The Arkansas Lottery Commission met today and director Ernie Passailaigue tried to put out the fire raging over the massive comp time doled out to employees during the lottery startup, including hundreds of hours credited to Passailiague himself and two top aides, Ernestine Middleton and David Barden, though they make $225,000 and Ernie P. makes $324,000.
Passailaigue said he, Middleton and Barden would waive all claims to any accrued comp time and repay the state for comp time they had already drawn by giving up offsetting leave or vacation time or making a payment if necessary, said staff attorney Bishop Woosley. Passailaigue also said, going forward, no comp time would be awarded to any employees exempt on account of high rank from usual state employee reimbursement policies. CORRECTION: Contrary to what I wrote earlier, Woosley also said that other exempt employees with accrued comp time they have not taken will not be able to use it, unless the Commission revisits the subject and approves it. I had misunderstood him to say lower level exempt employees could use remaining time.
The comp time to highly paid employees had set off a furor on top of salaries, which are well in excess of those paid top officials in most other lotteries. Two lottery commissioners tried to fire Passailaigue over the issue at the last meeting.
BY THE WAY: The lottery ceremonially presented the Higher Education Department a $106 million check today, the amount provided for scholarships from the lottery's first-year sales of $485 million after payouts to winners and expenses.
Arkansas Lottery Commission Chairman Dianne Lamberth presented a ceremonial check Thursday for $106 million to fund the Academic Challenge Scholarships to Arkansas Department of Higher Education director Jim Purcell, Ed.D., who accepted on behalf of the more than 29,000 recipients attending the state’s colleges and universities.
At an event to celebrate the one-year anniversary of the lottery’s inception, Lamberth said, “This may be our first birthday, but we are really here to celebrate the beginning of educational opportunities that will lead to increased economic development for our state.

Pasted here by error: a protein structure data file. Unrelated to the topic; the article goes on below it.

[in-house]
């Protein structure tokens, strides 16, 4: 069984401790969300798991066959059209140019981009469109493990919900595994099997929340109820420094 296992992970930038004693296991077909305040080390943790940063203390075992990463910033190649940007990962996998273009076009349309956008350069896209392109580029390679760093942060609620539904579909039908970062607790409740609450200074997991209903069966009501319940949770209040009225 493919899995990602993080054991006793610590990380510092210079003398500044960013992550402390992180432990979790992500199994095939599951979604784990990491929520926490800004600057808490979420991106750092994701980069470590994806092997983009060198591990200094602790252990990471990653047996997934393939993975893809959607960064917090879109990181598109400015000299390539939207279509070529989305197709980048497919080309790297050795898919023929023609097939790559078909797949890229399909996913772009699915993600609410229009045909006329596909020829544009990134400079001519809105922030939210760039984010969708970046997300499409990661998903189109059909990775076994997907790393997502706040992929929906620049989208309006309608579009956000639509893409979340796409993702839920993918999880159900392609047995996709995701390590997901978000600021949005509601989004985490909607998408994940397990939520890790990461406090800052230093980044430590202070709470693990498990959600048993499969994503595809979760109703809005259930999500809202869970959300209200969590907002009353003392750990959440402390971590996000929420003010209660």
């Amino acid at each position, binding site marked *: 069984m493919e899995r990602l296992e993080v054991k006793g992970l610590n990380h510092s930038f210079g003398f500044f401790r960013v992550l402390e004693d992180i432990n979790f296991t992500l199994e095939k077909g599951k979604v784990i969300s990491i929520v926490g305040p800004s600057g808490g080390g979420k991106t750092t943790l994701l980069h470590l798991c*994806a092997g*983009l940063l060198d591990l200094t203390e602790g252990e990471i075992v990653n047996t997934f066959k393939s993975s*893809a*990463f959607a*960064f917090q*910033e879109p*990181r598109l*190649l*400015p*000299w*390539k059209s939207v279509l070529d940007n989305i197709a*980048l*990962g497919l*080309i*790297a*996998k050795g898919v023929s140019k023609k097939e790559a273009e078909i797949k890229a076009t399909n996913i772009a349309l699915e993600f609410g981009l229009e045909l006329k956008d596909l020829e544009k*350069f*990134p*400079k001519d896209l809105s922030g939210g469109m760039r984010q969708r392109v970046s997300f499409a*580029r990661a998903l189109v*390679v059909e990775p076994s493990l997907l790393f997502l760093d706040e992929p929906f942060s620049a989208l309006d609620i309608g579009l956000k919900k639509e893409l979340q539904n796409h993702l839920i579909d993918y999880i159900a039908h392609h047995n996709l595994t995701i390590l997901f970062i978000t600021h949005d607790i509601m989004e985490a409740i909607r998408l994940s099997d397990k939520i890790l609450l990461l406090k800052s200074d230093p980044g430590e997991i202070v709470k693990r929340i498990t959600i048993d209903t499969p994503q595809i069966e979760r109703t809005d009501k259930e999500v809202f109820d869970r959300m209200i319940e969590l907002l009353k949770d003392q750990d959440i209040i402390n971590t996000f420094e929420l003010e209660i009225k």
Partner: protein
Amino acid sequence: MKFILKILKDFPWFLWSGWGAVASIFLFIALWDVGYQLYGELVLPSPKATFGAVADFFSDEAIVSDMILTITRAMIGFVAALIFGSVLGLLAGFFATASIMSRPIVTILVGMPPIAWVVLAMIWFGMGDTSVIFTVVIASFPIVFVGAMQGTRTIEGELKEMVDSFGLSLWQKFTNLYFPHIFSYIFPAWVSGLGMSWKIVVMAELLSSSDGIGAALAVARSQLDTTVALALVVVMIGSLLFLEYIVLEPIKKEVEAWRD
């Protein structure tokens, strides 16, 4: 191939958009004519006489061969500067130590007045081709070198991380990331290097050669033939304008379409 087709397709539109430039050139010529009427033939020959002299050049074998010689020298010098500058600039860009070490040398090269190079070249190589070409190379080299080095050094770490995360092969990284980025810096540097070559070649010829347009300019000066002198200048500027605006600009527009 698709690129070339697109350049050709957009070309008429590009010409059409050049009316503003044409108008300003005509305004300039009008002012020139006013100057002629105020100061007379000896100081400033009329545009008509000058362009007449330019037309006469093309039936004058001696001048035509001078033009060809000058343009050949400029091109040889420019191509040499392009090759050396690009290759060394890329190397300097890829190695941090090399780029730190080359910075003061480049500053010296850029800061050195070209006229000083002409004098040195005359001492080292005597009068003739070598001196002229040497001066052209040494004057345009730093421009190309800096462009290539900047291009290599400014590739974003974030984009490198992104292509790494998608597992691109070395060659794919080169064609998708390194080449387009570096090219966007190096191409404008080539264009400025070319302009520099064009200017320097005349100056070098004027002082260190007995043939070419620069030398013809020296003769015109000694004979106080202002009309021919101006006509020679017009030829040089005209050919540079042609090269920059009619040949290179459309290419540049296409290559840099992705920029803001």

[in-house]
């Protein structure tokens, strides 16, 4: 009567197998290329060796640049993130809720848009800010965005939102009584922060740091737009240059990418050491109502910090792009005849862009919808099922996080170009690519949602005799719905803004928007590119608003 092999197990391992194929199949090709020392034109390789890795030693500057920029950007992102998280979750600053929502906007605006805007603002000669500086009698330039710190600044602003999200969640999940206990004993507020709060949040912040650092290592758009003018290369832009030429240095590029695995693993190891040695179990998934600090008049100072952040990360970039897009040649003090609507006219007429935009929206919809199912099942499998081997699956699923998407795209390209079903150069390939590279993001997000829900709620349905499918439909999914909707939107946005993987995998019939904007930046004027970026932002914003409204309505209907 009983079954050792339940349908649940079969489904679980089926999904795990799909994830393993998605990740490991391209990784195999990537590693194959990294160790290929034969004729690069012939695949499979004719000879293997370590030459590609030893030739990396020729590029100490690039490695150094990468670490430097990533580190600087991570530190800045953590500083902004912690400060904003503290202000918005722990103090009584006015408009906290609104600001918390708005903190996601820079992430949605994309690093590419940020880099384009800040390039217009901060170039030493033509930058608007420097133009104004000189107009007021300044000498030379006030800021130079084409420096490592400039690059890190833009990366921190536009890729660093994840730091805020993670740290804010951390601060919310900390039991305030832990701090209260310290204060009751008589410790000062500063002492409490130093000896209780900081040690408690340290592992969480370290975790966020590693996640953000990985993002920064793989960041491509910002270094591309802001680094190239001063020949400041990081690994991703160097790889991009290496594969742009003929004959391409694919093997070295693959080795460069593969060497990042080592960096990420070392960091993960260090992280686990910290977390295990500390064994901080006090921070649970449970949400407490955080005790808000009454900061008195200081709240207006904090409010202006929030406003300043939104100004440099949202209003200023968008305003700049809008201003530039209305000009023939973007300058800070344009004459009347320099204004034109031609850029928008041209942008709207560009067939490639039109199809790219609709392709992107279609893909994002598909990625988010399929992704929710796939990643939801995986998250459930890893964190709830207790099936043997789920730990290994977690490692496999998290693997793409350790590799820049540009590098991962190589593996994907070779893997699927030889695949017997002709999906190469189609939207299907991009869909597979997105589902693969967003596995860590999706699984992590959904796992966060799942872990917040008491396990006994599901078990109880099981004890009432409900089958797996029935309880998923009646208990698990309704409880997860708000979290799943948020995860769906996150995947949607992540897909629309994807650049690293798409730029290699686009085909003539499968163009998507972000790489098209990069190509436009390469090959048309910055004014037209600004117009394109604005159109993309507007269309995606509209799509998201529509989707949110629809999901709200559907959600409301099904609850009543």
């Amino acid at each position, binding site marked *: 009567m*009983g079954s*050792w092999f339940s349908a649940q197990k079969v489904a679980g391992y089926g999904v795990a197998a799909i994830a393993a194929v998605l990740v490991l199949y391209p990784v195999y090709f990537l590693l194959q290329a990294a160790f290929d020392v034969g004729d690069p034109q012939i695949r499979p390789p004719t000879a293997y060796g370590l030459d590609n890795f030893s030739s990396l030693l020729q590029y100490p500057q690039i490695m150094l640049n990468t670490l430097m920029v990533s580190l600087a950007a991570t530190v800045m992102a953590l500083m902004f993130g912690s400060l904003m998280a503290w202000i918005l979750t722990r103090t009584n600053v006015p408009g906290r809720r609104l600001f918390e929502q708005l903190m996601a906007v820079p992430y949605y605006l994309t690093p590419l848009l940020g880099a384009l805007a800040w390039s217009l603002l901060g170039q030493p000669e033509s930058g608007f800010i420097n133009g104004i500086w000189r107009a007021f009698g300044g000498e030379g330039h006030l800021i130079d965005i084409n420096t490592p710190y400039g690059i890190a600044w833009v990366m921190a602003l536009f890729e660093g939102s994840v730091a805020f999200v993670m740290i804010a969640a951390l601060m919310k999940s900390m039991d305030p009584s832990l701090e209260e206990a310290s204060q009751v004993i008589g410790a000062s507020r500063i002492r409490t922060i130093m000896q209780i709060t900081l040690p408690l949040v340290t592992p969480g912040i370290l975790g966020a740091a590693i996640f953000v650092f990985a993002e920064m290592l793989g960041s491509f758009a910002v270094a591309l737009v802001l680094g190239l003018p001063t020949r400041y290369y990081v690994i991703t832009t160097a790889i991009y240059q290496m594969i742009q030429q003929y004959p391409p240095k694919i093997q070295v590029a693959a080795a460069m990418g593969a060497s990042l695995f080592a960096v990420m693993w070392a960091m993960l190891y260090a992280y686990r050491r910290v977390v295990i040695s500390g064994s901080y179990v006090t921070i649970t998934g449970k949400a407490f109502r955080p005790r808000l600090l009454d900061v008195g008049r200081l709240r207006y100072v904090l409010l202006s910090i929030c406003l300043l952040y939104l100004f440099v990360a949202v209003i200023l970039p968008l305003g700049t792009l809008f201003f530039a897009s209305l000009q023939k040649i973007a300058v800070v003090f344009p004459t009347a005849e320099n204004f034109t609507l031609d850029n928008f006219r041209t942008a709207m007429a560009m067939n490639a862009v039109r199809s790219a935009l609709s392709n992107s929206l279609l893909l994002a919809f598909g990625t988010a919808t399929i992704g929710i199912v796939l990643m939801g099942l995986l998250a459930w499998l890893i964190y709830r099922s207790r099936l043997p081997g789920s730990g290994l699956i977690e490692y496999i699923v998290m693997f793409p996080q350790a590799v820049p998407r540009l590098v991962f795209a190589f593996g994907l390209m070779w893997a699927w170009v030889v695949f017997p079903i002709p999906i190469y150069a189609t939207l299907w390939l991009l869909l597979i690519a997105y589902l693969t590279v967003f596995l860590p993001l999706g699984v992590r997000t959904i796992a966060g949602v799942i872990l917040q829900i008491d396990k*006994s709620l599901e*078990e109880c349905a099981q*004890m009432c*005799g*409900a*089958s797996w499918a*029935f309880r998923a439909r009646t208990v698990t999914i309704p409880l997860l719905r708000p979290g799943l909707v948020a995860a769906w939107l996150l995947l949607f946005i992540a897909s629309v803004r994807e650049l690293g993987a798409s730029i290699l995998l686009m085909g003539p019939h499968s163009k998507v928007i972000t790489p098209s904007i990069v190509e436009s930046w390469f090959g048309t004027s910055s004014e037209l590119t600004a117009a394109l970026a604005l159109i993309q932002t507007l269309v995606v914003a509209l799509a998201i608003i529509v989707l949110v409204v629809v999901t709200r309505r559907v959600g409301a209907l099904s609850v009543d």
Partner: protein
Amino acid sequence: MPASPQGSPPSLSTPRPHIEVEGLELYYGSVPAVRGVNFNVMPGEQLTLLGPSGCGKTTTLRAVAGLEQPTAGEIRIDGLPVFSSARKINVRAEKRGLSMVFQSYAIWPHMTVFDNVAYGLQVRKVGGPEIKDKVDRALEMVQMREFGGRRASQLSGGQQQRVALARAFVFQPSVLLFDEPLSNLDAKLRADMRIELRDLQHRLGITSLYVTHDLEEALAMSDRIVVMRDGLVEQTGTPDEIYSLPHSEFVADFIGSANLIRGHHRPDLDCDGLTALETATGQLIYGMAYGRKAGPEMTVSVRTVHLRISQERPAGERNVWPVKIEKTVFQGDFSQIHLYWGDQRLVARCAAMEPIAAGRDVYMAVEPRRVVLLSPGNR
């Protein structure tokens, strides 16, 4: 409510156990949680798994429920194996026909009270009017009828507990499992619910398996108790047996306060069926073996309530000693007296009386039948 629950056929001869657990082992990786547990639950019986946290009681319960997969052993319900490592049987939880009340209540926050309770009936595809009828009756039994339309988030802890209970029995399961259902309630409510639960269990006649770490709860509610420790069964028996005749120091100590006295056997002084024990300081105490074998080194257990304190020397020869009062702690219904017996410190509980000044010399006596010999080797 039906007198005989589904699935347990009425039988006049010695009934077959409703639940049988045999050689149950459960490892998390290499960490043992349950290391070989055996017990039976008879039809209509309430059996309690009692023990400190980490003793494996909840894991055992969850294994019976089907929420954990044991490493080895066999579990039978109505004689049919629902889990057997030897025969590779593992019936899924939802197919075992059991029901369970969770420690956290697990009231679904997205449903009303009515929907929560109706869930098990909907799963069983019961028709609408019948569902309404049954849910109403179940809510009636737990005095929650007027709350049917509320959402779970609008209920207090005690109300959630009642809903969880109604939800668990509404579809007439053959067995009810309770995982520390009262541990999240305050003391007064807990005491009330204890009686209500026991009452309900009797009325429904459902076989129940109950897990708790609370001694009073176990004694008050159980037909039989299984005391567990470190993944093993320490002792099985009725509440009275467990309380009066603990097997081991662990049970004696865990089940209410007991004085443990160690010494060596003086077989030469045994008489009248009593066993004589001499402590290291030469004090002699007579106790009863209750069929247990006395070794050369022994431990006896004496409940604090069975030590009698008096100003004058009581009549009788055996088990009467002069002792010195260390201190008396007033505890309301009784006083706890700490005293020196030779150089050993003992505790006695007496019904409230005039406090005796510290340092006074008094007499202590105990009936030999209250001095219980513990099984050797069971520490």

“Funding the Academic Challenge Scholarship is the most important thing that we do as lottery employees and commissioners,” she continued. “It’s the only reason that the Arkansas Scholarship Lottery exists, and the only reason that we accepted this position.”
Nearly one million Arkansas voters cast ballots on the lottery issue in November 2008, with 63 percent approval. Instant-win tickets went on sale Sept. 28, 2009, followed by Powerball sales in October and Mega Millions in January 2010. The lottery ended the 2010 fiscal year June 30 with $373 million in sales and $82 million in the Education Trust Fund.
By midnight Sept. 28, the lottery had $485 million in sales for the lottery, with $106 million contributed to the Education Trust Fund for Arkansas college and university students. Arkansas Academic Challenge Scholarships awarded to date number 29, 222 with an expected 30,000 for the academic year.
“I believe that the Academic Challenge Scholarship is a game changer for Arkansas,” said Purcell. “Not only did it provide immediate financial support for students in college this year, but as importantly I believe it let kids in our K-12 education system know that they too can go to college.
“It is my expectation that because young Arkansans will know that college is possible, the relationship they have with mathematics and the written and spoken word will evolve,” he said. “They will see the importance of giving extra effort on a test or a paper. That they will hold their heads up high as they plan their lives, because education can make opportunities possible.
“Education matters, and the future of our children matters,” Purcell concluded. “I thank the Arkansas Lottery Commission and commend them for their hard work in making the lottery’s first year successful. Our students thank you, and I am sure future generations will look back on this effort as the beginning of a new era for Arkansas higher education and the Arkansas economy.”